There are two ways that the tragedy of Puccini's "La Boheme" can play out: Dramatically over-the-top with the heroine Mimi breaking out into raging coughing fits; or subtle and quiet, with a death scene that comes at you out of nowhere even when you know it's coming.

That's the route director Candace Evans took with Arizona Opera's production of "La Boheme," which returns to the stage at Tucson Music Hall at 2 p.m. today.

Evans tosses in just enough drama to let us know what's coming, but then has Mimi die quietly, almost unexpectedly so that the audience feels a little betrayed by any hope that they had of her miraculous recovery.

At Saturday night's performance, Corinne Winters' Mimi, wracked with tuberculosis, fades off quietly moments after she has reassured her lover Rodolpho (Winters' real life beau Zach Borichevsky) and his bohemian friends that she is feeling better.

Winters and Borichevsky, not surprisingly, struck a convincing pose as lovers holding out hope that Mimi's tuberculosis would disappear when the winter cold gave way to springtime blossoms. Winters, a rising star with a pair of Metropolitan Opera credits on her resume and appearances with Opera Theatre of St. Louis, National Symphony Orchestra and Santa Fe Opera, has the vocal chops that raises the hair on your arms. Her voice is disarming and warm, with a strength beneath the surface that pops up and steals your breath.

Andrea Shokery was equally impressive in the role as the fiercely independent Musetta, her debut with Arizona Opera as a member of the 2013-14 Marion Roose Pullin Studio Artists. If this was her debut, it's going to be exciting to see her encore as Annina in the March production of Verdi's "La Traviata" and watch her grow as an artist during her tenure.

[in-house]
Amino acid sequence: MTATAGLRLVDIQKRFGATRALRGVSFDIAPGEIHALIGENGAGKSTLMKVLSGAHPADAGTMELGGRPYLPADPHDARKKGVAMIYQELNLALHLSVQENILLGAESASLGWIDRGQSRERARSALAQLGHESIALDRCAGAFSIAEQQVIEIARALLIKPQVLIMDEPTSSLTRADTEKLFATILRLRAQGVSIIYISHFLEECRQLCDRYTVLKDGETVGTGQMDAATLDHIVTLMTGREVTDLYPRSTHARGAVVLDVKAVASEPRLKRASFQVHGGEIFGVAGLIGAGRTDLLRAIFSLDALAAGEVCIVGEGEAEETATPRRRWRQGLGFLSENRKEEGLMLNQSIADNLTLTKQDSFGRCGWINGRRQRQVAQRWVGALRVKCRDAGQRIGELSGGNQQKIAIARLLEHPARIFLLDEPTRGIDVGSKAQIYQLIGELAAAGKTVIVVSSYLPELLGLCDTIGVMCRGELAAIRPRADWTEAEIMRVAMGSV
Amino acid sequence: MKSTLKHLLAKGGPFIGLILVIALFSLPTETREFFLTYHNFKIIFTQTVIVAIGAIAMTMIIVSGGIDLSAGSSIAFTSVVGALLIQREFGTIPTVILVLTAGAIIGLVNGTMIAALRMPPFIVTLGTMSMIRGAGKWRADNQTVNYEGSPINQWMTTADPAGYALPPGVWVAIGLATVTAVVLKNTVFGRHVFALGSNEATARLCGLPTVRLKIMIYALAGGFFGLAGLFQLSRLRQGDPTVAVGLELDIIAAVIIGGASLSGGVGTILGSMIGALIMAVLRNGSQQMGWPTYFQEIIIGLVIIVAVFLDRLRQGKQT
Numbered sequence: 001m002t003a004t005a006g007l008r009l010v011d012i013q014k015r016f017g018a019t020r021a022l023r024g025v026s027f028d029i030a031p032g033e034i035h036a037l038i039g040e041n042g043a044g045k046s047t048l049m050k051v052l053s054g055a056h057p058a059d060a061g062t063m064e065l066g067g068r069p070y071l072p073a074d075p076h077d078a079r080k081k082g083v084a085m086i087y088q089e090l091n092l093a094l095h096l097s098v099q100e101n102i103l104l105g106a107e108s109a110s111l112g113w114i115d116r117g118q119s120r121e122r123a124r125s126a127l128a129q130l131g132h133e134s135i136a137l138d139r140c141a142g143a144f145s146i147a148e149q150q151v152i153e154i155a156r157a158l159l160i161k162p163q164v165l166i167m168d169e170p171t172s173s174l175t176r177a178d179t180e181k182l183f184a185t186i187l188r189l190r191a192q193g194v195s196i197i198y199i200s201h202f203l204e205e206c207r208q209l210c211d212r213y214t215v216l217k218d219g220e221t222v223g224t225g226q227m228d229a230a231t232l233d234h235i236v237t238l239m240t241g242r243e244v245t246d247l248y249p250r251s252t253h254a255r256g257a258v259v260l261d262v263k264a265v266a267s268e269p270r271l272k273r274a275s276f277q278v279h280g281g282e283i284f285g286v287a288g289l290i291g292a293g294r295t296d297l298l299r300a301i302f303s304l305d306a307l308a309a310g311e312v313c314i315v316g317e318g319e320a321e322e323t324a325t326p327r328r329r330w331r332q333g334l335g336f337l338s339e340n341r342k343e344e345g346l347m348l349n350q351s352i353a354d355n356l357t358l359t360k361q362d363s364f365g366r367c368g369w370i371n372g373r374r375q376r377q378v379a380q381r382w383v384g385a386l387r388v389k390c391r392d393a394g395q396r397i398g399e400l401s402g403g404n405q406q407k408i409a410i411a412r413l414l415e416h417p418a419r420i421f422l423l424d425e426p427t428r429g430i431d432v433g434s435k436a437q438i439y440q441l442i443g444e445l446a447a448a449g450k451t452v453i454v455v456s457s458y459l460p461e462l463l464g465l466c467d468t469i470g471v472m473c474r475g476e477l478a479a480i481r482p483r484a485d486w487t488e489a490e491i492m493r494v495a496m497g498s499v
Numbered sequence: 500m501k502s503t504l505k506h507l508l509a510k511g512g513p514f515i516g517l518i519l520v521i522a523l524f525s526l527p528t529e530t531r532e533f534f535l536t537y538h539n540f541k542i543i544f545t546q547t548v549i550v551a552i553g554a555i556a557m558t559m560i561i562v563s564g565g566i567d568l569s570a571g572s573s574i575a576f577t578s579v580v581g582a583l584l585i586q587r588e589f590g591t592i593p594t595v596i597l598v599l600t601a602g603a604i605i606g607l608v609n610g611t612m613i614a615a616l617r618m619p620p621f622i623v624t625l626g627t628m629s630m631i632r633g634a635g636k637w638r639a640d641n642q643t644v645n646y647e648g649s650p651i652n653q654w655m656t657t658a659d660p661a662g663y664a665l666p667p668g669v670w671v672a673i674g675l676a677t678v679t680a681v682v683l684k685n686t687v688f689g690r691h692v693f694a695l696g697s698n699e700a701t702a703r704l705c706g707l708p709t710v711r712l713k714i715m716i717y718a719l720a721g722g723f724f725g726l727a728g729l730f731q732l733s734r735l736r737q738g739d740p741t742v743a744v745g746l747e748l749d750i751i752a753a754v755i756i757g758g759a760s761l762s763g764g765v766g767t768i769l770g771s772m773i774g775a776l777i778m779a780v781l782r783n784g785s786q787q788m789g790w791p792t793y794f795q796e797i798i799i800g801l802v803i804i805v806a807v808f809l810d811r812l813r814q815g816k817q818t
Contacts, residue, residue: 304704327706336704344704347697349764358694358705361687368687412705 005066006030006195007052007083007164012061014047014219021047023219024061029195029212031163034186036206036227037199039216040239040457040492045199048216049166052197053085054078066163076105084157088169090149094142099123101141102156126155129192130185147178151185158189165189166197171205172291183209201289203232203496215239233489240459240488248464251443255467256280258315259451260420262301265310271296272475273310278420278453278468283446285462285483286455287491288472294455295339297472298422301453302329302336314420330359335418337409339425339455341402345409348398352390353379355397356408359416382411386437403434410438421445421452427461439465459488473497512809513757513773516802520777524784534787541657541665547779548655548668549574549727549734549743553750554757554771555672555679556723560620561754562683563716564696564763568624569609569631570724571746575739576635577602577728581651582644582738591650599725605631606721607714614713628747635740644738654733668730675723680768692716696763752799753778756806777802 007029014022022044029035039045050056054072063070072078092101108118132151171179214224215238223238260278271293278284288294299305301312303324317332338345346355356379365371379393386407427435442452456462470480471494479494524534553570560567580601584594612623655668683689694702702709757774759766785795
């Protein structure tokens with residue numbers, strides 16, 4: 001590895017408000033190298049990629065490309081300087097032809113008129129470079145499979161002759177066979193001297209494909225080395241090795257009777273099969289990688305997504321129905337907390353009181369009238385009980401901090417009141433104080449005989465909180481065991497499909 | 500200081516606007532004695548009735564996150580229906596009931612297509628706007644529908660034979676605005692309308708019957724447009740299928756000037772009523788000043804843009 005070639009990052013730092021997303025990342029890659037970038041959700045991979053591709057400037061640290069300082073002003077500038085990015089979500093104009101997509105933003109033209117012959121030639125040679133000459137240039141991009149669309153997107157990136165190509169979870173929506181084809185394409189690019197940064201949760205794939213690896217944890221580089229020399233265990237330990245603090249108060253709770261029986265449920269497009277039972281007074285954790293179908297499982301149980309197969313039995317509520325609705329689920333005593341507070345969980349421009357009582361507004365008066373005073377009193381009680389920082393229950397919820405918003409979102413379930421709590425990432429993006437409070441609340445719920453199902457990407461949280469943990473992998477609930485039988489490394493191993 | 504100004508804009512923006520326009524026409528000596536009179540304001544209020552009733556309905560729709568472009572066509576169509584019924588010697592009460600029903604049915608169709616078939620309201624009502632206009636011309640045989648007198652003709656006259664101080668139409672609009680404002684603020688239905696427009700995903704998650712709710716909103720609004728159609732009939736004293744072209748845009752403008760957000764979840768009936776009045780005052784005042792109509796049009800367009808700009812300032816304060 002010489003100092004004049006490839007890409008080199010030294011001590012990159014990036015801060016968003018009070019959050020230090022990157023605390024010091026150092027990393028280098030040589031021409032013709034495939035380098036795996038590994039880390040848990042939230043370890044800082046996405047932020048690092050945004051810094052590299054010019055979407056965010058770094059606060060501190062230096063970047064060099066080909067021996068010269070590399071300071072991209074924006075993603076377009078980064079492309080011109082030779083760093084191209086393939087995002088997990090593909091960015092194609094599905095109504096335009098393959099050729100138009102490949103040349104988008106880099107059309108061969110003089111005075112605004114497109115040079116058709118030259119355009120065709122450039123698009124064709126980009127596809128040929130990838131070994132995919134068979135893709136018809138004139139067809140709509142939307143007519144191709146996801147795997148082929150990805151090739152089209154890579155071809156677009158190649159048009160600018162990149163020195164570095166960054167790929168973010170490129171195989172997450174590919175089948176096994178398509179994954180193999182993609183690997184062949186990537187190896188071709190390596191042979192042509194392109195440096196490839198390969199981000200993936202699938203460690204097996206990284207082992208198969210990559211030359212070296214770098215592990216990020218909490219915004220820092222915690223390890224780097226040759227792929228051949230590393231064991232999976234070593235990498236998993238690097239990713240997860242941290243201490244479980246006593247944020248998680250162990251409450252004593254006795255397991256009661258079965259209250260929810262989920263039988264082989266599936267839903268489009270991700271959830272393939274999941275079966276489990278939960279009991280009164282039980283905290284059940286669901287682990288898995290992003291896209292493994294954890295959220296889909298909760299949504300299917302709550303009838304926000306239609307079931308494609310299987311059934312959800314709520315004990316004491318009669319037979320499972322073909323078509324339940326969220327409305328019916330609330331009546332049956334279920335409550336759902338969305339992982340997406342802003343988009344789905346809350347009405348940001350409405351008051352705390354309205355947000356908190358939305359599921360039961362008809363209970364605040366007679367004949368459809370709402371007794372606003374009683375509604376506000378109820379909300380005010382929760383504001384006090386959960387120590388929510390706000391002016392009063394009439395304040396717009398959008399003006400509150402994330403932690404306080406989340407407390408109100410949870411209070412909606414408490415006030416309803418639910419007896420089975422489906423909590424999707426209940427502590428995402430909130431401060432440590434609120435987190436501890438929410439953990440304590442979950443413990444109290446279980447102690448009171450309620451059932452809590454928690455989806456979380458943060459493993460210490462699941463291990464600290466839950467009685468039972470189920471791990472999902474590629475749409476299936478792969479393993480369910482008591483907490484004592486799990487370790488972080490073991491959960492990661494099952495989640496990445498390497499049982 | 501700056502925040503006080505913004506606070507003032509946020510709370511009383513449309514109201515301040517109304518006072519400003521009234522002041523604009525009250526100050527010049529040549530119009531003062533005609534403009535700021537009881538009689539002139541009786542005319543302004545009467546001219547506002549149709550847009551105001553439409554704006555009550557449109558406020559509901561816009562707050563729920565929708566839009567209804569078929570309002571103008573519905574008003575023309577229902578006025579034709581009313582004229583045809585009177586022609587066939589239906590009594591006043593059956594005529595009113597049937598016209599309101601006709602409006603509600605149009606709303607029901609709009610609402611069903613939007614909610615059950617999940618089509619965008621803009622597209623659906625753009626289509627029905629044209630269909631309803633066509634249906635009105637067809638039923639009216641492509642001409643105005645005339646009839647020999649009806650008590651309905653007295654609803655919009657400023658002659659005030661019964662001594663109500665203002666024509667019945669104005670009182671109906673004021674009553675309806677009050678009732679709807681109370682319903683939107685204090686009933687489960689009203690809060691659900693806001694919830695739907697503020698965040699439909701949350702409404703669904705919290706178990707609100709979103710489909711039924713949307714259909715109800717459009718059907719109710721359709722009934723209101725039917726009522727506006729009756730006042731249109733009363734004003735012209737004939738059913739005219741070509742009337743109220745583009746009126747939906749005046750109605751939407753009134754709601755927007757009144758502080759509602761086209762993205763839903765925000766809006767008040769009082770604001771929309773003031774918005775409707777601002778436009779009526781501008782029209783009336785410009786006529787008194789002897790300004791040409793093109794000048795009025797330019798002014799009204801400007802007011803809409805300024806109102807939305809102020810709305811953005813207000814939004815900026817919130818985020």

Shokery is an exciting vocalist who was able to project a rich soprano over the orchestra and deep into the audience that filled two-thirds of Music Hall Saturday night.

The orchestra, under the baton of Joel Revzen, tended to play a little loud at times, which wreaked havoc on baritone Daniel Teadt (Marcello). He had a hard time projecting and oftentimes his rich baritone got lost in the powerful vocal performance of tenor Borichevsky and bass-baritone Calvin Griffin, another member of the opera's artists residence program.

The sizable chorus performing in the Second Act was top notch, especially the young children in the town square scene clamoring around a puppeteer.

Winters and Borichevsky are set to return to Arizona Opera next season — it will be their third in a row after doing Gounod's "Roméo et Juliette" last season. They are cast in Tchaikovsky's "Eugene Onegin," which will be part of the 2015 Tucson Desert Song Festival.

The 2014-15 season opens in October with the first-ever mariachi opera "Cruzar la Cara de la Luna" by Jose "Pepe" Martinez and Leonard Foglia.